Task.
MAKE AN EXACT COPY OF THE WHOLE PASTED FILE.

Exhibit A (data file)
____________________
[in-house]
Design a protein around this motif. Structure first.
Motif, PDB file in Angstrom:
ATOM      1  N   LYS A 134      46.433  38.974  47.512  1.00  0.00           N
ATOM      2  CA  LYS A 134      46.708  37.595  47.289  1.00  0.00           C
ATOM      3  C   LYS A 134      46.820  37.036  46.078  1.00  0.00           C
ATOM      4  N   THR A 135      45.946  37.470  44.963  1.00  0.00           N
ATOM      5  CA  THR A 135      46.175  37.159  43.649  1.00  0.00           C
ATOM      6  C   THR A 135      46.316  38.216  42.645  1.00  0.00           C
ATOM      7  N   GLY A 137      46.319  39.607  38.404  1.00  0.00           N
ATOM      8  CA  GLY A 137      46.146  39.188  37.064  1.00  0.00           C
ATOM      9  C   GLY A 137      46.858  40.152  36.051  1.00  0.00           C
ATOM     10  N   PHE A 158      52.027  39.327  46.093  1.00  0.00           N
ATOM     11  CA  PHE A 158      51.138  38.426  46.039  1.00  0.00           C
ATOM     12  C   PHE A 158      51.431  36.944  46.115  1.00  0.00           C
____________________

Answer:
[in-house]
Design a protein around this motif. Structure first.
Motif, PDB file in Angstrom:
ATOM      1  N   LYS A 134      46.433  38.974  47.512  1.00  0.00           N
ATOM      2  CA  LYS A 134      46.708  37.595  47.289  1.00  0.00           C
ATOM      3  C   LYS A 134      46.820  37.036  46.078  1.00  0.00           C
ATOM      4  N   THR A 135      45.946  37.470  44.963  1.00  0.00           N
ATOM      5  CA  THR A 135      46.175  37.159  43.649  1.00  0.00           C
ATOM      6  C   THR A 135      46.316  38.216  42.645  1.00  0.00           C
ATOM      7  N   GLY A 137      46.319  39.607  38.404  1.00  0.00           N
ATOM      8  CA  GLY A 137      46.146  39.188  37.064  1.00  0.00           C
ATOM      9  C   GLY A 137      46.858  40.152  36.051  1.00  0.00           C
ATOM     10  N   PHE A 158      52.027  39.327  46.093  1.00  0.00           N
ATOM     11  CA  PHE A 158      51.138  38.426  46.039  1.00  0.00           C
ATOM     12  C   PHE A 158      51.431  36.944  46.115  1.00  0.00           C